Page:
I did immersion at the college level--and it works fine at the level--you talk about things and try to make sense of what you read. It is harder to mimic sounds at that point so there's the accent issue. However, being highly literate in my own language meant that I could use my primary literacy skills to suss out the second language more quickly.

The indications are that reading in one language helps you read more readily in the second. And if you mastered reading in English as a kid, you could then take what you learned earlier and use it to learn Spanish as a third grader (while still having the advantages of early exposure.).

There doesn't seem to be a strong need to have kids learn languages in kindegarten v. 3rd grade. That seems to be about the age that Europeans introduce second languages and they're reasonably successful in creating bilinguals.

That the Canadians have seen some studies that show middle-immersion kids doing better in some areas than their early-immersion counterparts may be tied to the greater emotional maturity of the kids. At that point, those kids are actively choosing to study something.

Posted by OhlonePar, a resident of Duveneck/St. Francis
on Jul 10, 2008 at 10:23 pm

Mother of two,

Just to clarify, "middle immersion" isn't immersion in middle school, it's immersion in the upper grades of elementary--so grades 3,4,5.

The Canadians call middle-school immersion "late immersion"--and that's a different kettle of fish.

Posted by Joining the fray, a resident of Another Palo Alto neighborhood
on Jul 12, 2008 at 9:50 pm

An Ohlone friend told me that Susan Charles will probably only stay one or two more years at Ohlone. If she leaves during the time MI is getting established, that could be pretty devastating to Ohlone as a whole. Also, it's going to be a rude awakening when the MI'ers discover there's no homework assigned at Ohlone. I wonder if they really understood what the 'Ohlone Way' is. In the MI program in Cupertino (Meyerhof Elem) there is plenty of homework and most kids need tutoring after school in order to keep up.

Posted by OhlonePar, a resident of Duveneck/St. Francis
on Jul 13, 2008 at 1:14 am


Interesting info. and entirely possible. Charles isn't young and I suspect she could make a bundle as a consultant. And, yes, her leaving in the middle of this mess would be a big problem for the school.

Ohlone's educational philosophy relies on kids developing a sense of responsibility and ownership about their work--that's its great strength and its great weakness. It relies heavily on internal rewards--and finding the internal rewards of massive rote memorization can be a challenge.

I suppose the tutoring will be the de facto homework.

Posted by stay tuned, a resident of Midtown
on Jul 13, 2008 at 7:28 am

That was my first thought when Charles sprang this on the District. She had just gotten her PhD, she clearly has aspirations above being a principal, she gets to take this program to look "good" to the Admin in the District at the time and get them out of a pickle, gets to latch onto a current fad for her resume..then will leave before the *&^% hits the fan in 3 years and move up and/or out into a higher level position, probably in another district where she won't have to deal with the fall-out.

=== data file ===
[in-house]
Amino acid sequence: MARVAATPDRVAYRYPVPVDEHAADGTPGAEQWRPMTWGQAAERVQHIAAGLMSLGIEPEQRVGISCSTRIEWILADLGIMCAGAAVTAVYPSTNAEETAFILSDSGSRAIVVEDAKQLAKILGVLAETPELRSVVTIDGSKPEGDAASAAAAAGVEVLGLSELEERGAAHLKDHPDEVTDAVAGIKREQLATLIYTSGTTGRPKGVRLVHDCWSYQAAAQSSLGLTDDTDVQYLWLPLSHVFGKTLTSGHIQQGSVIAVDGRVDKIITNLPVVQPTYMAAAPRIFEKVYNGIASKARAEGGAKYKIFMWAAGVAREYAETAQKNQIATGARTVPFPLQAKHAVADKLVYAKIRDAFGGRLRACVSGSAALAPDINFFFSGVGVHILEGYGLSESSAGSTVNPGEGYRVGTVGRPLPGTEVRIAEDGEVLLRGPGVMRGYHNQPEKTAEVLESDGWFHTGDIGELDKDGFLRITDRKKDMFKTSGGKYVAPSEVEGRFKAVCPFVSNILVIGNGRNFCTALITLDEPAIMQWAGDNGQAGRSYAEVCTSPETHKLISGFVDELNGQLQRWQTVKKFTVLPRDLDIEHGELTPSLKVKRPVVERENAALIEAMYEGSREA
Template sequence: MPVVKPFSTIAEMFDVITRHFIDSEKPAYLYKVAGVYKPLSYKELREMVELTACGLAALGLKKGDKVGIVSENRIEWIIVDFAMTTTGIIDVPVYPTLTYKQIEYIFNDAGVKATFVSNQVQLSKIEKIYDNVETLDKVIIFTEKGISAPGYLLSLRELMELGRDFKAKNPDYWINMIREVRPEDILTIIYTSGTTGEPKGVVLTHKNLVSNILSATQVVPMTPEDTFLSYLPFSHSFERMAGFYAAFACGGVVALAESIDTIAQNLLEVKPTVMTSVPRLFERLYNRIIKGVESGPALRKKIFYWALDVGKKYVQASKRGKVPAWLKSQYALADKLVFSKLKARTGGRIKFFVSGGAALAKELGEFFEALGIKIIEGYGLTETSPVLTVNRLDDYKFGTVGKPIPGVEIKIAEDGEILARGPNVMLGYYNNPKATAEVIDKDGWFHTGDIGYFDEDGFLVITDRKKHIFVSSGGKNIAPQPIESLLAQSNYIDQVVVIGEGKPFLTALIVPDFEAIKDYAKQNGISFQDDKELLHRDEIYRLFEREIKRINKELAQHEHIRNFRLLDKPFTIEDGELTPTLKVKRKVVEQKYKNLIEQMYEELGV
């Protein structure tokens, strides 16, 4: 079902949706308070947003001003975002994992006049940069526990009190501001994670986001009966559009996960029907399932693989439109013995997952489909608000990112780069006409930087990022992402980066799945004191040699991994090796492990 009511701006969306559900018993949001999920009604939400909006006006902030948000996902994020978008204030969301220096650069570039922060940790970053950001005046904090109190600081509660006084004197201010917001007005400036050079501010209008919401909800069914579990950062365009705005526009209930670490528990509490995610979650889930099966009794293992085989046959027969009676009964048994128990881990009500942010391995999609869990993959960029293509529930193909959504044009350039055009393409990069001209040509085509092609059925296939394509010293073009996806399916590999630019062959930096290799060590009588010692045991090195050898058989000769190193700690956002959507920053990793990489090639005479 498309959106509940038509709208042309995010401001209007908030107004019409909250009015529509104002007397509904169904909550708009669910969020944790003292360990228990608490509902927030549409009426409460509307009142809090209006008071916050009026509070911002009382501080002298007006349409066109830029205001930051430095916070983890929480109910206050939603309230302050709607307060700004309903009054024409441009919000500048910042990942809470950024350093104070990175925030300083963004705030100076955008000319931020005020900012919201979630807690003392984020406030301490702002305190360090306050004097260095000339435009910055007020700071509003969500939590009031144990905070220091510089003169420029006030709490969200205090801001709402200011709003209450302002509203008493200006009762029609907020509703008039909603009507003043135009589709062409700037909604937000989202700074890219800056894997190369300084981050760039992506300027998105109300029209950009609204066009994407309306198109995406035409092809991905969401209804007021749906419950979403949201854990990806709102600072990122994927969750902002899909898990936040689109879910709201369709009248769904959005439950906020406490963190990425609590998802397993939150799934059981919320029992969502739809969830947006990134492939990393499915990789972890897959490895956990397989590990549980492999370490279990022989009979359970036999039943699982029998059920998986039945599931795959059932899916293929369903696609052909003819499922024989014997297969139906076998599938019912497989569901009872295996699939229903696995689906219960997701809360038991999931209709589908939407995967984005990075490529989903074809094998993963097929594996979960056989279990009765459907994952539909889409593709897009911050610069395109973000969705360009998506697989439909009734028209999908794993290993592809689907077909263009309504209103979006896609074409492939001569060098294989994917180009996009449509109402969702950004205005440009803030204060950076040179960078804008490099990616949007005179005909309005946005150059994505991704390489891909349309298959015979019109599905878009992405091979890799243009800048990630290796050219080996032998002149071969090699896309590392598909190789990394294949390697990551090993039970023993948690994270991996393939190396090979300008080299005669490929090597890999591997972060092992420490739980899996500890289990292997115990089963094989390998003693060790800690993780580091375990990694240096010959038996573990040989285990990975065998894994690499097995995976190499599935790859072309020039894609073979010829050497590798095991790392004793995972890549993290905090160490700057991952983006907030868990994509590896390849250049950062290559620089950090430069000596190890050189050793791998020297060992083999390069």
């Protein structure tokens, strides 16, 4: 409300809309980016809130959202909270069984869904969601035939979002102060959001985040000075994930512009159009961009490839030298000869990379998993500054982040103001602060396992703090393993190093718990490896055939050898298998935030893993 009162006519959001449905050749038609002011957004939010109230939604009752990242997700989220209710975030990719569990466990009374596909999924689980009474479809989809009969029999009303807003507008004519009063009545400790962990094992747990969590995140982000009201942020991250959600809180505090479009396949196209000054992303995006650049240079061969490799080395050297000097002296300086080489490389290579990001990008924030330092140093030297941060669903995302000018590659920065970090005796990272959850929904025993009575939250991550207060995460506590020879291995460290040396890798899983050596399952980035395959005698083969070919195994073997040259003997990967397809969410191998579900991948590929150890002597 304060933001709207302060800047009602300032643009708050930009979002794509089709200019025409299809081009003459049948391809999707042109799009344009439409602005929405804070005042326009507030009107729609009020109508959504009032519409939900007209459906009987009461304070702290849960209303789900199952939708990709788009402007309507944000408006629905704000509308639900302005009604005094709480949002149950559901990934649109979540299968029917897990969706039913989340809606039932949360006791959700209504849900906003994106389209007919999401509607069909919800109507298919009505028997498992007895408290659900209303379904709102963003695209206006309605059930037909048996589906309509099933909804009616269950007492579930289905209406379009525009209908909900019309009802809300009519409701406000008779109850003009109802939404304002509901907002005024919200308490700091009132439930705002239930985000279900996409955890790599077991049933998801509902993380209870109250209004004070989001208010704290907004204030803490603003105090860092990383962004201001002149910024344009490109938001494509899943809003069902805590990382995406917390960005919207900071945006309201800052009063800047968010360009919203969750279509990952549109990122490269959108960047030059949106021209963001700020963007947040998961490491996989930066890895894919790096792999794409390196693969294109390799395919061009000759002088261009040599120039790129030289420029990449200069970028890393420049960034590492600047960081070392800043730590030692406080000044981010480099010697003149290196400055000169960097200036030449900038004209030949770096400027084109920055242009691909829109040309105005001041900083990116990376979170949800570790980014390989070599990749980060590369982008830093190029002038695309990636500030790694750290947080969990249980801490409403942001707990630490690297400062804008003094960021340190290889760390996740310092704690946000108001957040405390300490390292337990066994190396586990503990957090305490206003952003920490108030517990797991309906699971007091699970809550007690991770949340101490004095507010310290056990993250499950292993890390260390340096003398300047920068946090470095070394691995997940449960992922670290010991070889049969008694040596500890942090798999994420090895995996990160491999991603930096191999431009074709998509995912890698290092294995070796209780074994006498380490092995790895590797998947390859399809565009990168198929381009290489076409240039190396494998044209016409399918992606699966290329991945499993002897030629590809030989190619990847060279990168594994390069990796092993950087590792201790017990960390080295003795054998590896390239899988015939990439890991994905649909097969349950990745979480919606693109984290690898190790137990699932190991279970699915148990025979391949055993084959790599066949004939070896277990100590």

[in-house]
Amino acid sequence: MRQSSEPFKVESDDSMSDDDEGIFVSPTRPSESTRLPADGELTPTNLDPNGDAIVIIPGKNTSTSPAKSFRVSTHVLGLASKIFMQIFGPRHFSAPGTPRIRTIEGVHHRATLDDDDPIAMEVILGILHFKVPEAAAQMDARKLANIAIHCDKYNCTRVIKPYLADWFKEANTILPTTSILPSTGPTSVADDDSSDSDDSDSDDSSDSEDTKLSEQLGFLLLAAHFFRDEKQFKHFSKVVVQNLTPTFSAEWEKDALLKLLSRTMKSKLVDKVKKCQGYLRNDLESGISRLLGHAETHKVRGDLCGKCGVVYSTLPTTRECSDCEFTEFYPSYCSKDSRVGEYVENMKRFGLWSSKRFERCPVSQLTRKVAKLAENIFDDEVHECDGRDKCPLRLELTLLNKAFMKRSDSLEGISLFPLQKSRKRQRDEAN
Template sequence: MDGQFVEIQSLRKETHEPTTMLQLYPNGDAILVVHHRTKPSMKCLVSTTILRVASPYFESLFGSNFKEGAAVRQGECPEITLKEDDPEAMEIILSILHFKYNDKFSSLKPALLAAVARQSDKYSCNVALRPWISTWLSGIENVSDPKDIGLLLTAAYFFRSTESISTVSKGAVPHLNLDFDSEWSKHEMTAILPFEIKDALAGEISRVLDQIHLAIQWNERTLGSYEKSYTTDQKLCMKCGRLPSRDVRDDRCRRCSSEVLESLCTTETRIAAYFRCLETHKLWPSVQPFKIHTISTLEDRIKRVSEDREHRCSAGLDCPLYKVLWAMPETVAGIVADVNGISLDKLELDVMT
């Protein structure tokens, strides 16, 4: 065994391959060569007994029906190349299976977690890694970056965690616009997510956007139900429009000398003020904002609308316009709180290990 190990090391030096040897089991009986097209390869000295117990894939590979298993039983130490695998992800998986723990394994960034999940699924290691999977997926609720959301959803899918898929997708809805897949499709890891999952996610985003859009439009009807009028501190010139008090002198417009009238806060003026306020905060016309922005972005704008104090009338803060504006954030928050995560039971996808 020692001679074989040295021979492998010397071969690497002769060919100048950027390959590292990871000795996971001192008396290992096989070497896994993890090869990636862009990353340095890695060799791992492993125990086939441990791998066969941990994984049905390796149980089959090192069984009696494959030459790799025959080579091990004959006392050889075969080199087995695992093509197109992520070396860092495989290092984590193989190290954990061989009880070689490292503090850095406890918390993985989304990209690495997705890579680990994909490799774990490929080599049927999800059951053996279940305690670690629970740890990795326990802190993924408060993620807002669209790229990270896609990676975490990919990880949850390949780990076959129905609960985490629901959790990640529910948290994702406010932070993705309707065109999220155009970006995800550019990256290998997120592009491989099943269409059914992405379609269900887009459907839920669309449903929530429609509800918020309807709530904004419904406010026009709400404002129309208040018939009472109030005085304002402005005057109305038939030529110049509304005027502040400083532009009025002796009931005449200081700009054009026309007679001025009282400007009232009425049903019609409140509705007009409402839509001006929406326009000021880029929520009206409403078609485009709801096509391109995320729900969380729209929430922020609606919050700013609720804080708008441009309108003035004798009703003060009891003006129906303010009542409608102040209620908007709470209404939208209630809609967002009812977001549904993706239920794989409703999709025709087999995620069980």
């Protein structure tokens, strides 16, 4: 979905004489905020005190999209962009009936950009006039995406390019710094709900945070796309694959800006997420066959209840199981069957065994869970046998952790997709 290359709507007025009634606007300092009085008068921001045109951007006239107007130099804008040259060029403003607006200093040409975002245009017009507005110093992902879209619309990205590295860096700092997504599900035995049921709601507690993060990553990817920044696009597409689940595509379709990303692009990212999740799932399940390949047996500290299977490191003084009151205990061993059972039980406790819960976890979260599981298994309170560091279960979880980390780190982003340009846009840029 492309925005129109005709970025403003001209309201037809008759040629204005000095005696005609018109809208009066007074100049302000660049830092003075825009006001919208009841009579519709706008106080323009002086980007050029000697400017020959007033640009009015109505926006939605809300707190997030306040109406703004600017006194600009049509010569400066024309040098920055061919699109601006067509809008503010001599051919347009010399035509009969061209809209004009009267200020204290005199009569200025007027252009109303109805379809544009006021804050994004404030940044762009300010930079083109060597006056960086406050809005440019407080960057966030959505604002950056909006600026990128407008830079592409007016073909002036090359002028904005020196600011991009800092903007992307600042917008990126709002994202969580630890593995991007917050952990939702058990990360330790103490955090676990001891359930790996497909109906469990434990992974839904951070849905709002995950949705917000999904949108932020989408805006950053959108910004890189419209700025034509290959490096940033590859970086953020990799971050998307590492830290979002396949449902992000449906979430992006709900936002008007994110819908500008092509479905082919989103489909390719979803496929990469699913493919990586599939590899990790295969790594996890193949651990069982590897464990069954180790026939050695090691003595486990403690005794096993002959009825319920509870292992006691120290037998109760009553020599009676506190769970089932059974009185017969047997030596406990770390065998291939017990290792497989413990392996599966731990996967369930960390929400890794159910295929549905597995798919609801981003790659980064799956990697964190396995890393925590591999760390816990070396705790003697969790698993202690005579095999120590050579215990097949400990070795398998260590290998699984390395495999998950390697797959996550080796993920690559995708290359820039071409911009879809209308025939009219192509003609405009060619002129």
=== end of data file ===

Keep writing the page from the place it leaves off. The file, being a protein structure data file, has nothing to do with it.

Call me a cynic, but that was my very first thought. Not blaming her if this is what she thought, given that it would be consistent with her other self-serving thoughts. To remind us, the biggest "self serving thought" was the one when she derisively and self-righteously said that she doesn't want to shut down Stanford because she didn't get in, trying to compare that to the arguments against a public school MI on the basis of denying access to kids who lost the lottery or who didn't speak the right languages. AS IF those people fighting MI were doing so for the reason that they were simply ennvious people who would want to shut down Stanford because it is a competitive private university and some people don't get in....I will never forget that!

Whatever: In the end we are stuck with the fall-out. It will be interesting to see what happens. We will be stuck. We will have kids who have been in the program for 3 years who we can't abandon...we will have another school opening which will be able to fill up with just the neighborhood kids...we will have Ohlone which will only be able to keep the program if it hits 600 kids on campus...what are we going to do?

Will we even consider simply allowing the kids in the program to finish it out, then shutting it down so that Ohlone doesn't overfill or 1/2 the Garland neighborhood kids aren't overflowed? Or will that be completely off the table?

Stay tuned

Posted by OhlonePar, a resident of Duveneck/St. Francis
on Jul 13, 2008 at 2:20 pm

Stay tuned,

Some of your comments are exactly why I continue to stay on top of the MI issue. I think Ohlone at 500-plus is bad for the kids (big schools are bad for young kids) and dangerous--Ohlone has little street frontage and its on a narrow residential street. The Ohlone program itself requires strong administration and coordination.

I like Charles better than you do--in part because she has kept Ohlone pulled together academically. But she's near retirement age--and spearheading a couple of major trends would make her desirable as a consultant. Lotsa money, little headache.

And then what? A weaker principal just by the circumstance of being unestablished at the school. That leaves a power vaccuum--and the parents will step in. And you've got parents who've been in the Ohlone system for 10 years--yep, all that volunteering. Part of the reason the anger hasn't been more overt is because there is a basic respect for Charles. She goes? Who knows?

Along with Garland, I think Greenfell is still an option that ought to be considered--half a vacant elementary in a location that's better for commuting than for walking. There's already grounds maintenance; it's already being partly used for school programs. It already has modular classrooms.

I think sunsetting the program is also an option--and then letting the PACErs start their charter and let them run half of Greenfell. It would probably be a financially better deal.